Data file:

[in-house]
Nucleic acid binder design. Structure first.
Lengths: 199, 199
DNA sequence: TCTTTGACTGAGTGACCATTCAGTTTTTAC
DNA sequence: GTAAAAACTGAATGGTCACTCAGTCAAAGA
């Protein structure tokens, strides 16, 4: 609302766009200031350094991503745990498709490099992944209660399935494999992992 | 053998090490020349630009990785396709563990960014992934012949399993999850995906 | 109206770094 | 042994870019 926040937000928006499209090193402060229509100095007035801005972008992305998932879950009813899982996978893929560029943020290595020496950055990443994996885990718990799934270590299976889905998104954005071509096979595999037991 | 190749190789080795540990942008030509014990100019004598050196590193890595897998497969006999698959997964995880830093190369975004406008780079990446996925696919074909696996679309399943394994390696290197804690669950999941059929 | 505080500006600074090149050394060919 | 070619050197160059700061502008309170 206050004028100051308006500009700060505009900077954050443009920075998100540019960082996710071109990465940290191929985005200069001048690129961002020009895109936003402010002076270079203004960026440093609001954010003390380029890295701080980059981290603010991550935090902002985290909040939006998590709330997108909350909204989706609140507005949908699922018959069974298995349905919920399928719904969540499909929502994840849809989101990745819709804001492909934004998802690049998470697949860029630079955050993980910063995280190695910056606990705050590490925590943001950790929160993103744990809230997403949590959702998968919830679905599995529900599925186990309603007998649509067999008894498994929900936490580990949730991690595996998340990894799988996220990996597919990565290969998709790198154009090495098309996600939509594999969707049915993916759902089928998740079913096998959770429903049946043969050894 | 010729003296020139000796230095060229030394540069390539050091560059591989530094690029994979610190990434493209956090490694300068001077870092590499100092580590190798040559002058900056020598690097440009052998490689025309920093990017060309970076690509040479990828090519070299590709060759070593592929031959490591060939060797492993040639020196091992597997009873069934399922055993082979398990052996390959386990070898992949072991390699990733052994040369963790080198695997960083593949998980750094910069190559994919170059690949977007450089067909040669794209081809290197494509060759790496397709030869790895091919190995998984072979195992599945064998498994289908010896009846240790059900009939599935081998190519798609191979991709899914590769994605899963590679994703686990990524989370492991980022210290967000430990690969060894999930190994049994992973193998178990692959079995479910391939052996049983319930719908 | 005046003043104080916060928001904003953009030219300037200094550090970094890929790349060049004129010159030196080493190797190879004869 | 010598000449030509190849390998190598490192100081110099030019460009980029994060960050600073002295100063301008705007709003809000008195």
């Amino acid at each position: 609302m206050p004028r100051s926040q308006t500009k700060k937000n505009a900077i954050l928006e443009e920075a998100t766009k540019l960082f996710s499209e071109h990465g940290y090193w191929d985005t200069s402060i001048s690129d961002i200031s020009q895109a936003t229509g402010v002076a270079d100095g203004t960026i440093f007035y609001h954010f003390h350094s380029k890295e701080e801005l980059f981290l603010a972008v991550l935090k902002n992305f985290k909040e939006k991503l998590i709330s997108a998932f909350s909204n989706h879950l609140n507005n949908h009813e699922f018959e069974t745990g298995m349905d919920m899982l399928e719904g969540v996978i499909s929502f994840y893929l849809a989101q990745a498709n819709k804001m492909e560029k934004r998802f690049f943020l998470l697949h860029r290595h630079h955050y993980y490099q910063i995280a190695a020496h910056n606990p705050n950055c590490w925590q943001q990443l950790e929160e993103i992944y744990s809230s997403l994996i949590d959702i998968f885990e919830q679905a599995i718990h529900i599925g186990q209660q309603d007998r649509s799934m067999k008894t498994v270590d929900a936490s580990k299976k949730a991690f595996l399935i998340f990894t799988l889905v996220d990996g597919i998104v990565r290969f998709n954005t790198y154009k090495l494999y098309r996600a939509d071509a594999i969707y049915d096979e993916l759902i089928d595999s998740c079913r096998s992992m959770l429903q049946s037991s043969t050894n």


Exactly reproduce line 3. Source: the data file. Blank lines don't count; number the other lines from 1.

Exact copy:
Lengths: 199, 199